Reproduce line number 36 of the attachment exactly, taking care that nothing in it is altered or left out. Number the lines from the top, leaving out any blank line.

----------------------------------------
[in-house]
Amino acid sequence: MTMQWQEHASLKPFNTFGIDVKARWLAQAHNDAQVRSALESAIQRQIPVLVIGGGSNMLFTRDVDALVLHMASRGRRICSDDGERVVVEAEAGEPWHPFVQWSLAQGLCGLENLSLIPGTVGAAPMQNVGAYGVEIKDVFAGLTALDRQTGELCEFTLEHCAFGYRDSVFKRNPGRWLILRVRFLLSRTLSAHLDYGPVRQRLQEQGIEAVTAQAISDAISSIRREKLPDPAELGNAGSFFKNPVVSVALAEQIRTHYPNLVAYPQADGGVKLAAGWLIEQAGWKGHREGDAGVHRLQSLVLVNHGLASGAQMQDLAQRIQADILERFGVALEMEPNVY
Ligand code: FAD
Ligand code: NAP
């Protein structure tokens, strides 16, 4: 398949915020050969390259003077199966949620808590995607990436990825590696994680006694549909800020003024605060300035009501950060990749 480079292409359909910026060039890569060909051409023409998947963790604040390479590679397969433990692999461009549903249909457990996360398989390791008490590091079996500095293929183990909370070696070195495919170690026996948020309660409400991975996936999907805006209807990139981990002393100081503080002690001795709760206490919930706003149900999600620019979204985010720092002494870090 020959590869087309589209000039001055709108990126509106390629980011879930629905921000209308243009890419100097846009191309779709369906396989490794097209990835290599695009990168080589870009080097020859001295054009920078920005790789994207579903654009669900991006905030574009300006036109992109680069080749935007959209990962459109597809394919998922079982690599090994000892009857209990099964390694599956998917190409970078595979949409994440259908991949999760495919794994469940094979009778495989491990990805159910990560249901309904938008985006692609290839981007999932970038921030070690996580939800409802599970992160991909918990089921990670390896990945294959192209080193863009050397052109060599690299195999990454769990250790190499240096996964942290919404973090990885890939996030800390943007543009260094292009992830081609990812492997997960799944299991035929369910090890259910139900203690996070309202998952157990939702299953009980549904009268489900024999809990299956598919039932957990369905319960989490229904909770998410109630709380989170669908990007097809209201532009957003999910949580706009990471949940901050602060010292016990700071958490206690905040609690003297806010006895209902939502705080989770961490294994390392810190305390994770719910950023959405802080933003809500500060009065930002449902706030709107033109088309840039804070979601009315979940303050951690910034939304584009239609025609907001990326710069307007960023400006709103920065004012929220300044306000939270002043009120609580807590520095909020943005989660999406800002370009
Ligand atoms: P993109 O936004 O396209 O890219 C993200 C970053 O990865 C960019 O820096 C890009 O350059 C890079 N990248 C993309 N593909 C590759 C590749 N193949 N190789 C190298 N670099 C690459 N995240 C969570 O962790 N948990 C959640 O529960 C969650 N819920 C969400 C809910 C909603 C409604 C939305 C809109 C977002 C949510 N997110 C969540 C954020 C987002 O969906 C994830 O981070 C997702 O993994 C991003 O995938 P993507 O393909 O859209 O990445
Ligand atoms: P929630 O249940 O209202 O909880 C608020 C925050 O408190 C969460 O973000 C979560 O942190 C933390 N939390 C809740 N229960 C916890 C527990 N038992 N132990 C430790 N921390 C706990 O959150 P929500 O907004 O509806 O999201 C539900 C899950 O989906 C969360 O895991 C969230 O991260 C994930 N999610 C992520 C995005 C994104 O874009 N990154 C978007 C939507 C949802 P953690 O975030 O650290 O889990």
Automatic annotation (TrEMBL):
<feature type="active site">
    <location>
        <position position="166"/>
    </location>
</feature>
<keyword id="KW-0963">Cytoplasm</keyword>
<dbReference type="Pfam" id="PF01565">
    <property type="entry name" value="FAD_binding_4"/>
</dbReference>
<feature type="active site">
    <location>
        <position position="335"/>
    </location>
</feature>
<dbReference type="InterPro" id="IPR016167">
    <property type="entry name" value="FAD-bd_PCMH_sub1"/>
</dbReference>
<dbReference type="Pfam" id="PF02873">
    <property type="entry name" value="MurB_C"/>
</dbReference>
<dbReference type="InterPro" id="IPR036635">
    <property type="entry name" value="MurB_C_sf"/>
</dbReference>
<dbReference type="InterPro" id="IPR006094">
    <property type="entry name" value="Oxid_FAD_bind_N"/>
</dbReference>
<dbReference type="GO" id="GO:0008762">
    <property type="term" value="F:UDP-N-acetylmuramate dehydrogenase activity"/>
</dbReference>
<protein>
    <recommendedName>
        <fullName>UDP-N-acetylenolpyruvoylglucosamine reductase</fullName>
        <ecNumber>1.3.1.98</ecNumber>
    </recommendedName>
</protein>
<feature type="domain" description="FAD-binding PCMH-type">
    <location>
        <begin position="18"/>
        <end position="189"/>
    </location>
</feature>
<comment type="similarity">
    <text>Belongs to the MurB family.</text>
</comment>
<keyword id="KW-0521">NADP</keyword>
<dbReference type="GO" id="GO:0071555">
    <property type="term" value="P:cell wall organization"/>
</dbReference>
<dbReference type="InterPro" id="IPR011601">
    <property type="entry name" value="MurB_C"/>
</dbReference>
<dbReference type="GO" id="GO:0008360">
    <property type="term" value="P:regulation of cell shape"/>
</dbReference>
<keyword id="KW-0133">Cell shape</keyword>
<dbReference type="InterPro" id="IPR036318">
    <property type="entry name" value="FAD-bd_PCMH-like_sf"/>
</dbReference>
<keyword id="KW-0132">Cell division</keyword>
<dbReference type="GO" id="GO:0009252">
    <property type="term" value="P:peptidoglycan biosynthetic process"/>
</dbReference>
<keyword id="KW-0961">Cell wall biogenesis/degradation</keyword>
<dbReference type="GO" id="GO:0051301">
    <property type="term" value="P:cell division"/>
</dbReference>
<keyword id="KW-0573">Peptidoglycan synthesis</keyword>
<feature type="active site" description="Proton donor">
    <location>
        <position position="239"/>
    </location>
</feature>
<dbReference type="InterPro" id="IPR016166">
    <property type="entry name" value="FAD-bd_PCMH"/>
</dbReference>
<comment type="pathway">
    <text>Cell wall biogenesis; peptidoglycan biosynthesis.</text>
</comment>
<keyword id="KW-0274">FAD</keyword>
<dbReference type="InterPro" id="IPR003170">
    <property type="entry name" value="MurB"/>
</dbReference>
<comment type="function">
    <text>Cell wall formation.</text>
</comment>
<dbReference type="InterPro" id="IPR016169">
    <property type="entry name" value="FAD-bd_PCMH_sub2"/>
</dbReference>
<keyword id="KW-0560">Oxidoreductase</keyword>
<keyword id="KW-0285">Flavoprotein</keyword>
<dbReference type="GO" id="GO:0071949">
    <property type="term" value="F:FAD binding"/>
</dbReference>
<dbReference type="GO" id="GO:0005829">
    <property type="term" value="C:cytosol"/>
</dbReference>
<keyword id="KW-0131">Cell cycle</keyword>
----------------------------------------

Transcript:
    <property type="term" value="F:UDP-N-acetylmuramate dehydrogenase activity"/>